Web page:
HOWELL — More than 100 animals were taken Sunday afternoon from a remote home of a township couple, one of whom faces several charges of animal cruelty, authorities said.
Mercedes Lopez, 56, was charged with numerous counts each of failure to provide sustenance, including grooming and veterinary care, and failure to provide shelter for the more than 200 animals that lived on the property, said Victor “Buddy” Amato, chief humane law enforcement officer for the Monmouth County Society for the Prevention of Cruelty to Animals. Watch the video above to see the home and to hear from Amato. Using our mobile app? Watch the video here.
Mercedes Lopez also struck a police officer trying to arrest her, but he was uninjured. It was unclear whether the woman would face assault charges, Amato said.
Edwin Lopez, 57, husband of Mercedes Lopez, was cooperating with authorities and Amato did not foresee charges against him.
There were so many animals on the property that authorities could not catch all of them. Amato said his agency would return to the location soon to catch the animals that were not taken from the home Sunday.
“When we got there, there was one cat literally dying in front of us,” Amato said. “There was also another dog who had no use of his hind legs and was just dragging himself around. Everywhere you looked there was a cat.”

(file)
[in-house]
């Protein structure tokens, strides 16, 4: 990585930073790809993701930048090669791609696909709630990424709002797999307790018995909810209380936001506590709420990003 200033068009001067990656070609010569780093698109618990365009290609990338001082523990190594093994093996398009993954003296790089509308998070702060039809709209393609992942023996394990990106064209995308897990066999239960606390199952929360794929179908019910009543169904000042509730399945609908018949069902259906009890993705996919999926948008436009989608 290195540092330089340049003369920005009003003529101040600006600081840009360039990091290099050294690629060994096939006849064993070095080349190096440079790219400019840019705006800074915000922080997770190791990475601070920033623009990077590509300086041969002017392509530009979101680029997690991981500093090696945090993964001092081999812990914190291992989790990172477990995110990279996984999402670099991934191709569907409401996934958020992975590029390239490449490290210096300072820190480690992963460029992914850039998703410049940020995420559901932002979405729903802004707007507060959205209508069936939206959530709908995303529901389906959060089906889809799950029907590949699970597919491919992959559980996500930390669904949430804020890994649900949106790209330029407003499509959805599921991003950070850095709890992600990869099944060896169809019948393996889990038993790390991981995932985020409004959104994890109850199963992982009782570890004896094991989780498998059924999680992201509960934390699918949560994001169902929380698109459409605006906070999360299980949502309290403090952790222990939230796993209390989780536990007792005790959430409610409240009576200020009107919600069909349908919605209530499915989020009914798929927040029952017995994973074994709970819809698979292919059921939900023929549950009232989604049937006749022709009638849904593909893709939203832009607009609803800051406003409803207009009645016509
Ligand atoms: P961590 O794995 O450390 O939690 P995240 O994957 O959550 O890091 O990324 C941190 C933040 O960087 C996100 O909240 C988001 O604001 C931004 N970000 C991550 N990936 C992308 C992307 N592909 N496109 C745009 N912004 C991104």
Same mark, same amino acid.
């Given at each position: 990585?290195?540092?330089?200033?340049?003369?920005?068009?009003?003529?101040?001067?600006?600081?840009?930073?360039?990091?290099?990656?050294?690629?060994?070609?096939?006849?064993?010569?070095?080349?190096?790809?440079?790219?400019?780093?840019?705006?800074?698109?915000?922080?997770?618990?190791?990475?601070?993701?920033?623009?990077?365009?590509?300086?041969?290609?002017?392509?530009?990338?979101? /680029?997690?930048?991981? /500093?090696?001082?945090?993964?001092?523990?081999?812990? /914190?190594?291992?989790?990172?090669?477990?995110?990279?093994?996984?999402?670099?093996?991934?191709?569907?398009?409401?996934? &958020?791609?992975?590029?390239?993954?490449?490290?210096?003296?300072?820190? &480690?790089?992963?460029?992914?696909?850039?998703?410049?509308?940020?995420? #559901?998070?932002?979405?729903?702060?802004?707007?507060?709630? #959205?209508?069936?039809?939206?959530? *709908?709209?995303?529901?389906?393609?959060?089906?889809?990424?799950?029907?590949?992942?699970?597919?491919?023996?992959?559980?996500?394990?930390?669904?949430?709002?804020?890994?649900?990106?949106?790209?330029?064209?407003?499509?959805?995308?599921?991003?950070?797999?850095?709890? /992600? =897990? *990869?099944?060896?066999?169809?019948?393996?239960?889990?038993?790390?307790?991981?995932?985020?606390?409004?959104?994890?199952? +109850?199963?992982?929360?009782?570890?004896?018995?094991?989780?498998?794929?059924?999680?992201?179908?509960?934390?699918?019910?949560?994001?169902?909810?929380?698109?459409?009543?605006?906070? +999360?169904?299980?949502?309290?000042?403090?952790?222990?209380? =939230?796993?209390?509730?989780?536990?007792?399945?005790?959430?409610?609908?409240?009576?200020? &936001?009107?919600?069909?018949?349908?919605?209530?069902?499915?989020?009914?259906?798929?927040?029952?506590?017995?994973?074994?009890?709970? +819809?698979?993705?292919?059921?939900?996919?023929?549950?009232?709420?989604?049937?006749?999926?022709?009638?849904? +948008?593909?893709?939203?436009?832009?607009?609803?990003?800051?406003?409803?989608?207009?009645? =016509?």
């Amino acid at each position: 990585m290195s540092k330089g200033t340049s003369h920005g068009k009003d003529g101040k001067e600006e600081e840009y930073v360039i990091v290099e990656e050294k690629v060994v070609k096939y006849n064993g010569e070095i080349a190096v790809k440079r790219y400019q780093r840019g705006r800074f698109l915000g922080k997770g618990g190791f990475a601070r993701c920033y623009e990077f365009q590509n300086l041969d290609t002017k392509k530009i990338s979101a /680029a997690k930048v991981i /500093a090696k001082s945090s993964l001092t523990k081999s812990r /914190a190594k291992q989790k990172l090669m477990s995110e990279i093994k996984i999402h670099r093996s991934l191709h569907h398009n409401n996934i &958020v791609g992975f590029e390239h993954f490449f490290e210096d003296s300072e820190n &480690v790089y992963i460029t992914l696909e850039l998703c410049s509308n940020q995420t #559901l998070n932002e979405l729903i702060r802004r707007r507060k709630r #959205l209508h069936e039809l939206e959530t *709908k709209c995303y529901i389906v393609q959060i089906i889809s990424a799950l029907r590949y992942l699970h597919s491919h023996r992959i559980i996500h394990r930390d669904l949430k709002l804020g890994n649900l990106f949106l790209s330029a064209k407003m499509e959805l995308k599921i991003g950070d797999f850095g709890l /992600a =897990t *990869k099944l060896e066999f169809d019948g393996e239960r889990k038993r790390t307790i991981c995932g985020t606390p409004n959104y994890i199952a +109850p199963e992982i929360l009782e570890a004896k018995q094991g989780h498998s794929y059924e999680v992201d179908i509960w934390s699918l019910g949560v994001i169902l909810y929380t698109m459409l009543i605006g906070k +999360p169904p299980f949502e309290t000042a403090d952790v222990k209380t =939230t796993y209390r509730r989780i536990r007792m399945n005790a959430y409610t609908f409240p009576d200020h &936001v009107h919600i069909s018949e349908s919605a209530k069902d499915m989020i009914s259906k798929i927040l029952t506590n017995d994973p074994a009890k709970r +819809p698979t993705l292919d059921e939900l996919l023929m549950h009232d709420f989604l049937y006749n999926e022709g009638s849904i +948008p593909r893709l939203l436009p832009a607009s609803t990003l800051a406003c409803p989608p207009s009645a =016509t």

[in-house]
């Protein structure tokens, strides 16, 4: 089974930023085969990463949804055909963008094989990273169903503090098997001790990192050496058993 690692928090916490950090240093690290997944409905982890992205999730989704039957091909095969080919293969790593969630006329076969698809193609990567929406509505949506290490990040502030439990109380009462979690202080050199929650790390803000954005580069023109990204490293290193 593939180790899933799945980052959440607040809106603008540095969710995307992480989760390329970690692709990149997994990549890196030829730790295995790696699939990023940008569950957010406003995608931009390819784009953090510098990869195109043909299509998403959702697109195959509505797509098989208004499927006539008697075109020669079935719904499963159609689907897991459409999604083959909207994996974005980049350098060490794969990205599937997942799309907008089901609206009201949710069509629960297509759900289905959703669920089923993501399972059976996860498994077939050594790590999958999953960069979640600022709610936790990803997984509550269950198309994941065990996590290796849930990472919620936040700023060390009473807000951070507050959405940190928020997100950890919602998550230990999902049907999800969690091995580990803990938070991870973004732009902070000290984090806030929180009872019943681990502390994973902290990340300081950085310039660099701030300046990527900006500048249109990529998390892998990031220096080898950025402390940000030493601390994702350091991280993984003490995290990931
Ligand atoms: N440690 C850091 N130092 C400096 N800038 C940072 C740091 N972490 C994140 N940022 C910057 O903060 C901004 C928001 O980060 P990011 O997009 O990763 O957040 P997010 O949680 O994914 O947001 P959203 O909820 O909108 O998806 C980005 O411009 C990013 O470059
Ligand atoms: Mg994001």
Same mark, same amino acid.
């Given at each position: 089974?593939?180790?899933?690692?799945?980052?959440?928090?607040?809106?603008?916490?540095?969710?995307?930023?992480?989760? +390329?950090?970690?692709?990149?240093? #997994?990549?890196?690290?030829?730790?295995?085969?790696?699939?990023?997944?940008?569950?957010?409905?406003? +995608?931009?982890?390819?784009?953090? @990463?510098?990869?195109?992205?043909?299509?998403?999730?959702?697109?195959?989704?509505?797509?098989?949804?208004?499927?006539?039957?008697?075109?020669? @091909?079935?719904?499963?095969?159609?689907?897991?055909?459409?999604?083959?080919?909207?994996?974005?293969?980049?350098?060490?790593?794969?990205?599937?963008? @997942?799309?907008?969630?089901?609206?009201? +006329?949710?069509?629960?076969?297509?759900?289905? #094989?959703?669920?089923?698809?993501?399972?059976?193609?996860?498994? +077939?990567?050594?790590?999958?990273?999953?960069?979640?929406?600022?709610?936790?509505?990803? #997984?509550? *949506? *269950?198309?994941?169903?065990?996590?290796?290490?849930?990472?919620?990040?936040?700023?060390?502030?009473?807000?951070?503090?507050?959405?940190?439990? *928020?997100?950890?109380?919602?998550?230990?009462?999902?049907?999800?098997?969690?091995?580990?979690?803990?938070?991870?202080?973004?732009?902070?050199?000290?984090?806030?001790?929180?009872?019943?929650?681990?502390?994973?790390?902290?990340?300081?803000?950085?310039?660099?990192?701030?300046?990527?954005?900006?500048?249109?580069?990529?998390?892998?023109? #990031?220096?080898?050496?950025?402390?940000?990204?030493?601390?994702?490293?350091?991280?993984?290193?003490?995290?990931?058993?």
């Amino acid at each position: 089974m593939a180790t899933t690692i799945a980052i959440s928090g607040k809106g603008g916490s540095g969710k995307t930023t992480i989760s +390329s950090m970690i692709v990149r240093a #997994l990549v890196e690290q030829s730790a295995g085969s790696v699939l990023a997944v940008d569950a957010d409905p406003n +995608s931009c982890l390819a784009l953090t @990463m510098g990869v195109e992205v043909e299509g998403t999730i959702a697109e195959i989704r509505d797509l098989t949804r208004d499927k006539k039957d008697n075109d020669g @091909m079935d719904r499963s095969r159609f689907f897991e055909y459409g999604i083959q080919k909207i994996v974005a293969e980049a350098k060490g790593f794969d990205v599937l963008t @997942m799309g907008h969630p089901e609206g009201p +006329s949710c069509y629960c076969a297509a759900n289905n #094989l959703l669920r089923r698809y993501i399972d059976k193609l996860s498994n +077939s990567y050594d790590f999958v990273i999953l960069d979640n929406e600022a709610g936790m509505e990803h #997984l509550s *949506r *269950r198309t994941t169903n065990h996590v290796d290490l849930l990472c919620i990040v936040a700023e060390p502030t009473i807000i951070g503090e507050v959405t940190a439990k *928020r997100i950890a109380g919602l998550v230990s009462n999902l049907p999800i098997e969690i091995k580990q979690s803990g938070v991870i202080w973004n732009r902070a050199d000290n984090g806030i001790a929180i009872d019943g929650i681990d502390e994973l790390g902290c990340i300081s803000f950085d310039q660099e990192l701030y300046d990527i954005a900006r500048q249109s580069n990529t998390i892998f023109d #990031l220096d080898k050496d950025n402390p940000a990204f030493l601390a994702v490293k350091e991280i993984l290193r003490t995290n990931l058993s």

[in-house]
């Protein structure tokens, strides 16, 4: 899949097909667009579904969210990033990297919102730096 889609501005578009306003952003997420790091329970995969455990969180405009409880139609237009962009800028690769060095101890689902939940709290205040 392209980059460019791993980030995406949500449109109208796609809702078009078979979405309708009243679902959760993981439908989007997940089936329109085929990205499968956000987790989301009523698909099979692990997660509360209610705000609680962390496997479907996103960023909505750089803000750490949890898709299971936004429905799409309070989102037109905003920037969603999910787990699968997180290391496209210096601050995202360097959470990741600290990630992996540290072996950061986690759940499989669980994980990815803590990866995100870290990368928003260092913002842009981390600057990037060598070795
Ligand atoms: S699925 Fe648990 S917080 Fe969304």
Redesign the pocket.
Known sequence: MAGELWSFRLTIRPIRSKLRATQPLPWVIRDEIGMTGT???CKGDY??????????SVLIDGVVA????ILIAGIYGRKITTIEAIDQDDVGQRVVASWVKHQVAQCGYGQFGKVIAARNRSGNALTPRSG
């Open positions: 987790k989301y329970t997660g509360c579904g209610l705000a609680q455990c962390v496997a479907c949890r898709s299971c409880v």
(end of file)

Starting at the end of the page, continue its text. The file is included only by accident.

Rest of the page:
The more than 200 animals that lived in and around the small wood-framed home on Maxim Southard Road included at least 50 roosters, 40 dogs, 15 to 20 rabbits, one raccoon and at least 100 cats, of which several were feral. Some lived inside while others shared open sheds and trailers outside Lopez’s home, Amato said.
“This is a hoarding situation,” said Amato while outside of the little red house surrounded by woods and only a couple of nearby homes. “This woman is a woman who had good intentions and loved the animals, but she got in over her head.”
Roughly 25 cats were found living in the home’s basement, some of which had upper respiratory infections and eye diseases, Amato said.
“I can go on and on and on,” he said. “Then we got the dead animals out in the back to deal with, so this is a pretty big thing going on here.”
The skeletal remains of some of the animals were found in the back of the home, as well as 30 carcasses that hadn’t fully decomposed, the chief said.
The majority of the animals are expected to survive except for a couple who will have to be euthanized, Amato said.
A tip was received regarding animal cruelty at the home and so authorities used a search warrant to rescue the animals.
The state SPCA, Monmouth County Health Department and township first aid and police departments assisted at the home.
Some of the dogs have been transported to our Tinton Falls location. As soon as they’ve been vetted and groomed they will be ready to find their forever homes.